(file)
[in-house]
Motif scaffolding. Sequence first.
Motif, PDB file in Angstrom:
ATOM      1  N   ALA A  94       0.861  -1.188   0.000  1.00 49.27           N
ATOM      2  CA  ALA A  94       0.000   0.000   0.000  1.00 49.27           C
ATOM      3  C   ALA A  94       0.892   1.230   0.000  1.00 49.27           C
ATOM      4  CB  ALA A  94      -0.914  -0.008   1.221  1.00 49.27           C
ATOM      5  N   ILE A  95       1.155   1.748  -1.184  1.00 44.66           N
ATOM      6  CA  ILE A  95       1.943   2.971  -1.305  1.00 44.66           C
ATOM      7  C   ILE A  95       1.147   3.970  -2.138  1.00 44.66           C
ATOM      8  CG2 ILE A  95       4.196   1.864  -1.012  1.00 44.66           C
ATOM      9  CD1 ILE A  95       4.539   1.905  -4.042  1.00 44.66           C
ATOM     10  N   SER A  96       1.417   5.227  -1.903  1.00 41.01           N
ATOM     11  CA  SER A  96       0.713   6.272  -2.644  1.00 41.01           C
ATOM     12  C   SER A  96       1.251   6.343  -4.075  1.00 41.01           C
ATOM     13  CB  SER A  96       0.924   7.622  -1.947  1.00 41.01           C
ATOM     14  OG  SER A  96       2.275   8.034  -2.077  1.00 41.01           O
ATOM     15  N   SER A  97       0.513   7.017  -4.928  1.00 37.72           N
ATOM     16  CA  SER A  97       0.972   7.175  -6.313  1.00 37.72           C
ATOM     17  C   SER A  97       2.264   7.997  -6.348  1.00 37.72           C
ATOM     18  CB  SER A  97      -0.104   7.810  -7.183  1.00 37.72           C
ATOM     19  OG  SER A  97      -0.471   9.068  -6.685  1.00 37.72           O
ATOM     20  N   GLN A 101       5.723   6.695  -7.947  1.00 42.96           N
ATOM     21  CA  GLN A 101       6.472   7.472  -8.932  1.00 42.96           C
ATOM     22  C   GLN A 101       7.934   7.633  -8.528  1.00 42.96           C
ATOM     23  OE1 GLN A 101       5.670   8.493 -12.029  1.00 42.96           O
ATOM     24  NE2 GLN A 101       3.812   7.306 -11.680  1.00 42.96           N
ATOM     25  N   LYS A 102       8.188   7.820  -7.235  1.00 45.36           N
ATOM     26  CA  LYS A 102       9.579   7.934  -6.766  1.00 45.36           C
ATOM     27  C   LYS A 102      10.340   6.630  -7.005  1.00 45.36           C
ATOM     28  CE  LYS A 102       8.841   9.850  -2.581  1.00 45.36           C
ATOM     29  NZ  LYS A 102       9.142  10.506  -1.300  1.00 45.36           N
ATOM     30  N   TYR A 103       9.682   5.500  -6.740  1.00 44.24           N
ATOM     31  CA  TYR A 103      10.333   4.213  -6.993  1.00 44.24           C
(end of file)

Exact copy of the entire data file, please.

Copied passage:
[in-house]
Motif scaffolding. Sequence first.
Motif, PDB file in Angstrom:
ATOM      1  N   ALA A  94       0.861  -1.188   0.000  1.00 49.27           N
ATOM      2  CA  ALA A  94       0.000   0.000   0.000  1.00 49.27           C
ATOM      3  C   ALA A  94       0.892   1.230   0.000  1.00 49.27           C
ATOM      4  CB  ALA A  94      -0.914  -0.008   1.221  1.00 49.27           C
ATOM      5  N   ILE A  95       1.155   1.748  -1.184  1.00 44.66           N
ATOM      6  CA  ILE A  95       1.943   2.971  -1.305  1.00 44.66           C
ATOM      7  C   ILE A  95       1.147   3.970  -2.138  1.00 44.66           C
ATOM      8  CG2 ILE A  95       4.196   1.864  -1.012  1.00 44.66           C
ATOM      9  CD1 ILE A  95       4.539   1.905  -4.042  1.00 44.66           C
ATOM     10  N   SER A  96       1.417   5.227  -1.903  1.00 41.01           N
ATOM     11  CA  SER A  96       0.713   6.272  -2.644  1.00 41.01           C
ATOM     12  C   SER A  96       1.251   6.343  -4.075  1.00 41.01           C
ATOM     13  CB  SER A  96       0.924   7.622  -1.947  1.00 41.01           C
ATOM     14  OG  SER A  96       2.275   8.034  -2.077  1.00 41.01           O
ATOM     15  N   SER A  97       0.513   7.017  -4.928  1.00 37.72           N
ATOM     16  CA  SER A  97       0.972   7.175  -6.313  1.00 37.72           C
ATOM     17  C   SER A  97       2.264   7.997  -6.348  1.00 37.72           C
ATOM     18  CB  SER A  97      -0.104   7.810  -7.183  1.00 37.72           C
ATOM     19  OG  SER A  97      -0.471   9.068  -6.685  1.00 37.72           O
ATOM     20  N   GLN A 101       5.723   6.695  -7.947  1.00 42.96           N
ATOM     21  CA  GLN A 101       6.472   7.472  -8.932  1.00 42.96           C
ATOM     22  C   GLN A 101       7.934   7.633  -8.528  1.00 42.96           C
ATOM     23  OE1 GLN A 101       5.670   8.493 -12.029  1.00 42.96           O
ATOM     24  NE2 GLN A 101       3.812   7.306 -11.680  1.00 42.96           N
ATOM     25  N   LYS A 102       8.188   7.820  -7.235  1.00 45.36           N
ATOM     26  CA  LYS A 102       9.579   7.934  -6.766  1.00 45.36           C
ATOM     27  C   LYS A 102      10.340   6.630  -7.005  1.00 45.36           C
ATOM     28  CE  LYS A 102       8.841   9.850  -2.581  1.00 45.36           C
ATOM     29  NZ  LYS A 102       9.142  10.506  -1.300  1.00 45.36           N
ATOM     30  N   TYR A 103       9.682   5.500  -6.740  1.00 44.24           N
ATOM     31  CA  TYR A 103      10.333   4.213  -6.993  1.00 44.24           C